Too often the renewal agenda of Irish Catholics is driven by an inward-looking agenda of reform of Church structures.  Such an agenda will have very little appeal to those who have really lost contact with the Church and regard such reform as interesting but of little relevance to their lives, indeed it might lead them only to further alienation

It will be very interesting to see the data about religious affiliation which emerges from the National census which took place last month.  But the statistics of a census only tell of one dimension of Irish religious affiliation and about the future religious culture of Ireland.   It is, in fact, very difficult to estimate the real strengths and the real weaknesses of the current situation of the Irish Church.  I for one believe that the secularisation of Irish culture is very advanced.

There are those who feel that my evaluation of the current situation is too negative and gloomier than that of others.  I do not think so.  I believe however that my evaluation is realistic. If we do not address realities realistically then we will not make progress.  I believe that we have to address the realities with clear focus and not live in the unreality of so called better days. To bring about change you have to look at realities as they are, not as they were in the past, not as you would like them to be. 

For me the great difficulty is that the Church in Ireland too often is trying to address the challenges of today with the pastoral structures which served well yesterday.   Many of our pastoral structures and strategies are no longer fit-for-purpose.  They presume that the country is driven by a culture of mass-Catholicism while this can no longer be presumed.

A system in which practically every child in second class in our schools automatically makes his or her first communion and every child in sixth class in elementary school receives confirmation is no longer in tune with the real realities of faith.  The danger is to reduce the sacraments to social events.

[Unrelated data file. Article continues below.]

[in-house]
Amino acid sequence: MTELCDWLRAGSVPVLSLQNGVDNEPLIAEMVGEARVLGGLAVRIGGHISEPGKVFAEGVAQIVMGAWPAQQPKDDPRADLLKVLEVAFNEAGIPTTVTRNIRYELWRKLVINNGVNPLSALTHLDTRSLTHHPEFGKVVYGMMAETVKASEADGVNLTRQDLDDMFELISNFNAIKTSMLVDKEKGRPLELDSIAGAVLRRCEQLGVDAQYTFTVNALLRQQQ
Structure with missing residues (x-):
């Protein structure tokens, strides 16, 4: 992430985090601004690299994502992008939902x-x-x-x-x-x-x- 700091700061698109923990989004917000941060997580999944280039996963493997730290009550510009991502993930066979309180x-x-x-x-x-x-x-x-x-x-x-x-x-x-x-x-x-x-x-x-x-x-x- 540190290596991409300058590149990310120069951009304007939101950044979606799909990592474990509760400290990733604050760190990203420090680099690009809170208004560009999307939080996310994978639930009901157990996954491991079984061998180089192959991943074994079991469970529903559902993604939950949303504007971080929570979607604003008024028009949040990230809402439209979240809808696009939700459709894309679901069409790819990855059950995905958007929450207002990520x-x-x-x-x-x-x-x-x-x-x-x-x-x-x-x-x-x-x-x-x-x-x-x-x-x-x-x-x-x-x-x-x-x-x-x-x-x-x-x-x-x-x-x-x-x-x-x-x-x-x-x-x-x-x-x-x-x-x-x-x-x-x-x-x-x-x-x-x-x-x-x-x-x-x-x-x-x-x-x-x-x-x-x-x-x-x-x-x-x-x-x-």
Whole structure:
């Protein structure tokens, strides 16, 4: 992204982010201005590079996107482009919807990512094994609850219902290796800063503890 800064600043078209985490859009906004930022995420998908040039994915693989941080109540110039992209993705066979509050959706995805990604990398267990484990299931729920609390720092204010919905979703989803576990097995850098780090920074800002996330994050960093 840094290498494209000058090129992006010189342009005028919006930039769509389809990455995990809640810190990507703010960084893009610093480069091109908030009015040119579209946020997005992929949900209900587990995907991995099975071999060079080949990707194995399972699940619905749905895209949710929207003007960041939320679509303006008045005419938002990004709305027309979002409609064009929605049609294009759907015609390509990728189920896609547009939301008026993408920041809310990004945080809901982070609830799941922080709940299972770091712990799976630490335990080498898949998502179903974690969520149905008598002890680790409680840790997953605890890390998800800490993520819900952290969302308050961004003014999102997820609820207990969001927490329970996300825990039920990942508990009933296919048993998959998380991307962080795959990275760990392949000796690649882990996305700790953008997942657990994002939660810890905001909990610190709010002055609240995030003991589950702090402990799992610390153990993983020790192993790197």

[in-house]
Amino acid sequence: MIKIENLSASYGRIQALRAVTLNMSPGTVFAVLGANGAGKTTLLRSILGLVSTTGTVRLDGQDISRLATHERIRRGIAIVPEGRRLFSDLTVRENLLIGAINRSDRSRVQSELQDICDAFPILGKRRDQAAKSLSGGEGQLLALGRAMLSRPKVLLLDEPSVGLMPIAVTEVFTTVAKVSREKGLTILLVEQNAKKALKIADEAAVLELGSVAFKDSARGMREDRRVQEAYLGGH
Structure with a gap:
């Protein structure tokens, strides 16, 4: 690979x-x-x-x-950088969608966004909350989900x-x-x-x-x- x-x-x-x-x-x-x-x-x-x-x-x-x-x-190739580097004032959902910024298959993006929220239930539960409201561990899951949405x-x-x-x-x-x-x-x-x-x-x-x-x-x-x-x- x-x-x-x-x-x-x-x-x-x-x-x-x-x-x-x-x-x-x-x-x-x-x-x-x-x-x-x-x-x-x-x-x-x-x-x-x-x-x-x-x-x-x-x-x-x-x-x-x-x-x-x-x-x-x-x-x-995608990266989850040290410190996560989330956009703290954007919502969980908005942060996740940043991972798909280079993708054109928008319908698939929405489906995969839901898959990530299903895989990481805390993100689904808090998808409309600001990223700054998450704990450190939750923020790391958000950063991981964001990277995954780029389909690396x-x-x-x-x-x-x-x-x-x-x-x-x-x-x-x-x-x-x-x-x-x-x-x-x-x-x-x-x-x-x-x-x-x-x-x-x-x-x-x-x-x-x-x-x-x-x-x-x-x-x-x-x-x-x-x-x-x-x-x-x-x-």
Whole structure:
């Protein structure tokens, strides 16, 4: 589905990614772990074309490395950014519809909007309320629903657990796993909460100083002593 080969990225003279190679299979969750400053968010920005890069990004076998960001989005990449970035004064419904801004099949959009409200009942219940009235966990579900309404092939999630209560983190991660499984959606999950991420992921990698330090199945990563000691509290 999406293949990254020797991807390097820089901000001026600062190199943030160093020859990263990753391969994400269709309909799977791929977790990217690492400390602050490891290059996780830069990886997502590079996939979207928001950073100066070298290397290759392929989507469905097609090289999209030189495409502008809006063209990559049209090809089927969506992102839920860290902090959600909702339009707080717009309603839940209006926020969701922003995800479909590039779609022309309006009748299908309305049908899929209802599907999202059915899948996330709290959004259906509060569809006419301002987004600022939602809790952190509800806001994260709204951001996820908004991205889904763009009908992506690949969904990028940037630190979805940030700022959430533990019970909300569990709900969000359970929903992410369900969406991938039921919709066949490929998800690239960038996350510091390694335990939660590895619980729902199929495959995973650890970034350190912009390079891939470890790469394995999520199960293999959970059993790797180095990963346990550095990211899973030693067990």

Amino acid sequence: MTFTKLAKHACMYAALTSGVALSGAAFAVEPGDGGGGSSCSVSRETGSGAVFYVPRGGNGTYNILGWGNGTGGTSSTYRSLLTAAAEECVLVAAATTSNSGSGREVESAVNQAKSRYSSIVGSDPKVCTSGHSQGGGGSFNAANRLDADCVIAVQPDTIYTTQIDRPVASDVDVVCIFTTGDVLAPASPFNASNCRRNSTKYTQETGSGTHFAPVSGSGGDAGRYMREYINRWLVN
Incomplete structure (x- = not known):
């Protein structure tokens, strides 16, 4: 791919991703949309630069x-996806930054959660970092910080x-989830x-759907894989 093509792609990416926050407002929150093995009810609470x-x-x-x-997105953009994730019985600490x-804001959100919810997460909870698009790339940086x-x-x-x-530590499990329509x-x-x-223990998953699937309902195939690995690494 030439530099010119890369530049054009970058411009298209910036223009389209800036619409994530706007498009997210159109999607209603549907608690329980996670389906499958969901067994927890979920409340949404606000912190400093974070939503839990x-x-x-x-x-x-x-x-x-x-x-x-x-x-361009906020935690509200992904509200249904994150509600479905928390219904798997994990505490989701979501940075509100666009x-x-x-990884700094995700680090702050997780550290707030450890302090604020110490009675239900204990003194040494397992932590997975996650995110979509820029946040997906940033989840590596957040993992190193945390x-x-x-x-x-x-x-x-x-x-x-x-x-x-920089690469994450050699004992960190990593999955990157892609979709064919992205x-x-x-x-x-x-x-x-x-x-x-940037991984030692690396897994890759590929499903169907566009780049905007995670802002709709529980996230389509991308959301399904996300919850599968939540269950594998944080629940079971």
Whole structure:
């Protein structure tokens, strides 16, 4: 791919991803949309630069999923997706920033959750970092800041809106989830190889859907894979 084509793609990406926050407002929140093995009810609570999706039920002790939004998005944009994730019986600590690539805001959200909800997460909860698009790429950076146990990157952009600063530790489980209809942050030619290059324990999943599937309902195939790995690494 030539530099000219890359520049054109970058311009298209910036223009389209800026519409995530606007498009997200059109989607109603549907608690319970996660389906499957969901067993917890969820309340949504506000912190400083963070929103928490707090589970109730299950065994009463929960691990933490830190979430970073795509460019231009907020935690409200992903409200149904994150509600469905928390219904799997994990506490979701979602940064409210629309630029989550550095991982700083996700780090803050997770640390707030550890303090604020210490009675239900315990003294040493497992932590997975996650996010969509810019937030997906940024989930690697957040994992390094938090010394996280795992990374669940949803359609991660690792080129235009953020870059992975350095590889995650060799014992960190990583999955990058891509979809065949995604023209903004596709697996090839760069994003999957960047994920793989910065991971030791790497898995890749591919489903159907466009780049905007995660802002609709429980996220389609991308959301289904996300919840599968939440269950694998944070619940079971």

What has happened and is happening in Ireland is painful.  I am not just talking about the horrors of abuse.  I am talking about our failure in passing on the faith to the coming generation.  Part of that failure is a failure of believers to witness their faith in coherent forms of service relevant to the current cultural situation. Faith and service constitute an unbreakable bond.  Eucharist must be communion with Christ and communion with one another.  That communion with one another involves services of care and the fostering of justice. But it is more.  Our Eucharistic communion with each other must be witness to what a Eucharistic life style means in our lives.   Our service to one another must be shaped by our participation in the sacrificial self-giving love of Jesus encountered in the Eucharist.

All I have said, however, does not mean that I am not optimistic.  The process of renewal may be slow but there are signs of hope.  The Church in Ireland which has been wounded by scandals has to slowly regain the confidence of the Irish people and it has to re-discover its role in society, or better, to regenerate its role in a different way in a changed society.

In the midst of so many negative factors in society we should never loose sight of the signs of the fact that the grace of God has appeared in our communities.   We have to remember that the hope which so many people desire in their lives is not our or their creation.  It is due to the presence of the grace of God in their lives.  Christians live in hope within the same realities which give rise in others to hopelessness.  It is only the presence of the grace of God which gives us the courage to hope even in our apparent helplessness.